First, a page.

In December 2018, the council’s Housing Standards team responded to a tenant who was complaining about the living conditions at their multiple occupation (HMO) student house at Pedder Street in Ashton, Preston.Advertisement
As a result of the inspection, the owner and landlord of the property, Mr Michael Gibbons, who was trading as ‘Student Accommodation Preston’ was served an Improvement Notice requiring repairs to be completed by no later than 17 February 2019.
The officers’ intervention also revealed that Mr Gibbons was operating this property without holding the necessary HMO licence.
Since October 2018 most HMOs that contain five or more occupiers must hold a licence issued by the council. The licence process ensures that HMO properties are safe to live in, and that the person running the property is a fit and proper person.
Read more: We’re looking for someone to light up Preston
Despite the team’s attempts to work with Mr Gibbons in order to bring about improvements at the Pedder Street address, and a number of other student houses within Preston, unfortunately he did not engage with the team, and in June 2019 a decision was made to refuse Mr Gibbons’ belated HMO licence applications for the properties as he was not deemed to be a fit and proper person.
In September 2019, Mr Gibbons was fined for failing to carry out improvements at the Pedder Street property and for failing to apply for an HMO Licence, each matter being a criminal offence under the 2004 Housing Act. The fine for each offence was £12,375.
Mr Gibbons appealed these actions at the First Tier Tribunal. Unfortunately, due to the pandemic, the hearing of the appeals was delayed until October 2020 when the Tribunal confirmed the fines.
As these fines remain unpaid, the council is now in the process of enforcing them through the courts.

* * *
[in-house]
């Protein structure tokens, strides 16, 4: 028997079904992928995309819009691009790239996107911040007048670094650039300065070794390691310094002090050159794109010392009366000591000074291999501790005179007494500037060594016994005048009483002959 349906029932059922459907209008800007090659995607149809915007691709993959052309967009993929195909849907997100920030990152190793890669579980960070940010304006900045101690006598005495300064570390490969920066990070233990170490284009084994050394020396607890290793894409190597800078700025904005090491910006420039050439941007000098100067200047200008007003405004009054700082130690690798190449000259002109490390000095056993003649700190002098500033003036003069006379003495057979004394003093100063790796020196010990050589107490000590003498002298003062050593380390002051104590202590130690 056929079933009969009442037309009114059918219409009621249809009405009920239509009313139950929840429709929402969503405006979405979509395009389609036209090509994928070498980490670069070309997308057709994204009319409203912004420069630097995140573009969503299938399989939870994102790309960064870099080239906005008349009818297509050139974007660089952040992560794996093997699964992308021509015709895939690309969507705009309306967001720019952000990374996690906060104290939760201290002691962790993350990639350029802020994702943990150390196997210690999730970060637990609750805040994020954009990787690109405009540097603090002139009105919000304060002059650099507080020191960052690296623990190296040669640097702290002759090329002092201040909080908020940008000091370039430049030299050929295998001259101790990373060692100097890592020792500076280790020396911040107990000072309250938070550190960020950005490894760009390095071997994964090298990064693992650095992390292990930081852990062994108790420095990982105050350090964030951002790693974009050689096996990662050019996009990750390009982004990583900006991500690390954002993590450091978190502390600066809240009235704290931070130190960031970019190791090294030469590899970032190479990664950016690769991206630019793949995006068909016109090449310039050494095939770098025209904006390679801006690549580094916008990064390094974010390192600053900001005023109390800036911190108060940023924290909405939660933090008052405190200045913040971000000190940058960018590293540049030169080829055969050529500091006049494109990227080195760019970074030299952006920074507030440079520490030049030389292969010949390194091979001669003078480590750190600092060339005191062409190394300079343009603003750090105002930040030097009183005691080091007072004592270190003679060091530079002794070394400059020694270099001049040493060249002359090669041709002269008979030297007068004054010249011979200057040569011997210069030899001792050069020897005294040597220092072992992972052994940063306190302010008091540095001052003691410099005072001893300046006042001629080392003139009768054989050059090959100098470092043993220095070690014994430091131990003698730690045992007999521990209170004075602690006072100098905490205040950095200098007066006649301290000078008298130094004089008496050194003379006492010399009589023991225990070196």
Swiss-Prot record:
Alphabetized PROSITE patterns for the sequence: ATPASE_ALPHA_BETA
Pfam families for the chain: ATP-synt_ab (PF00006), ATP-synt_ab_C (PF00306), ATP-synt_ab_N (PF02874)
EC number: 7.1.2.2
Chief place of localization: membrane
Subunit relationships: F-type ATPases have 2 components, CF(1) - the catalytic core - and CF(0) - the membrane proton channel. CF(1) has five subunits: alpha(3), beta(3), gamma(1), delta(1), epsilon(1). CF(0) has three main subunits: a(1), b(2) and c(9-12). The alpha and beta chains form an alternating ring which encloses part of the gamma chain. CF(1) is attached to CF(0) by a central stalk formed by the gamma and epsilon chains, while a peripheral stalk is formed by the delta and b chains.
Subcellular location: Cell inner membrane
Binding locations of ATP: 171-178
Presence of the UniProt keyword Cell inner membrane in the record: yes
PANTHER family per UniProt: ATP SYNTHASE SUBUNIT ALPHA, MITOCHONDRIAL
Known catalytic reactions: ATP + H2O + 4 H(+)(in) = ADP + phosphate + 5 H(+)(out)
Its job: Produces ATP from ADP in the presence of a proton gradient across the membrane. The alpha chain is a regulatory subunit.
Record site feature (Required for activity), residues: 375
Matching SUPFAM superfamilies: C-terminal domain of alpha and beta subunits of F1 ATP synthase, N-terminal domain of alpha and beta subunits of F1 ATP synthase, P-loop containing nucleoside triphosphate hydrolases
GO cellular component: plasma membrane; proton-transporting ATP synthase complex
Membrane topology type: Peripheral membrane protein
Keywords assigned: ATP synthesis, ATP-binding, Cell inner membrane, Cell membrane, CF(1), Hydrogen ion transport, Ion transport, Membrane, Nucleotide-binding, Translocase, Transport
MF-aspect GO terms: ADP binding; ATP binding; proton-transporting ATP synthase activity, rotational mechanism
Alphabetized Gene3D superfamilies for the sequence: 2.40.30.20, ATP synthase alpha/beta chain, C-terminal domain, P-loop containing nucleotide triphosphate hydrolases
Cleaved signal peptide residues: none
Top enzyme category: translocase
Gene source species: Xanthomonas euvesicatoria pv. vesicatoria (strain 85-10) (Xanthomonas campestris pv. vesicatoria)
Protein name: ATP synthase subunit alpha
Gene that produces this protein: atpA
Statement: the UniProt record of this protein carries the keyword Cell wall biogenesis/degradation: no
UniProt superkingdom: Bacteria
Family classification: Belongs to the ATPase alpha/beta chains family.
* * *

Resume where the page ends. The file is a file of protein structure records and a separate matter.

At a further appeal by Mr Gibbons on the decision of the council that he was not a fit and proper person to run licensed HMOs, in April 2021 the First Tier Tribunal dismissed his appeal, preventing him from operating any licensed HMO properties in Preston.
The conduct of Mr Gibbons was such that in November 2020 he was warned that his name and details would be added to the nationwide database of rogue landlords.
He again appealed the council’s decision, leading to a protracted delay, however, in September 2021 the appeal was abandoned and as a result the council has completed its intentions of adding his name to the rogue landlord list, allowing all local authorities in England to become aware of his past conduct.
Read more: Preston Here for Humanity to host reverse advent calendar for those in need
During this investigation, a total of 13 former tenants have brought rent repayment applications before the First Tier Tribunal in respect of Mr Gibbons’ failings.
Those claims resulted in an order to pay back rent to those tenants, an amount totalling £46,908.
Councillor Jennifer Mein, Cabinet member for health and wellbeing, said: “Whilst most landlords are responsible and provide good accommodation, our dedicated and conscientious team of officers in Housing Standards work hard to ensure the residents of Preston are protected from poor landlords such as Mr Gibbons, and that justice is served.
“Despite a long delay due to the Covid pandemic, the team have achieved everything they set out to. Thanks to their intervention and dedication, local authorities across the country will now be aware of Mr Gibbons’ record in Preston and it is likely this will severely limit his ability to operate any other HMOs. He has finally been held to account for his behaviour.
“Although it is disappointing to find that some landlords act in this way, the residents of Preston can feel safe knowing that there are procedures in place to combat this and that Preston City Council take all tenant complaints seriously and investigate them thoroughly.”
Read more: See the latest Preston news and headlines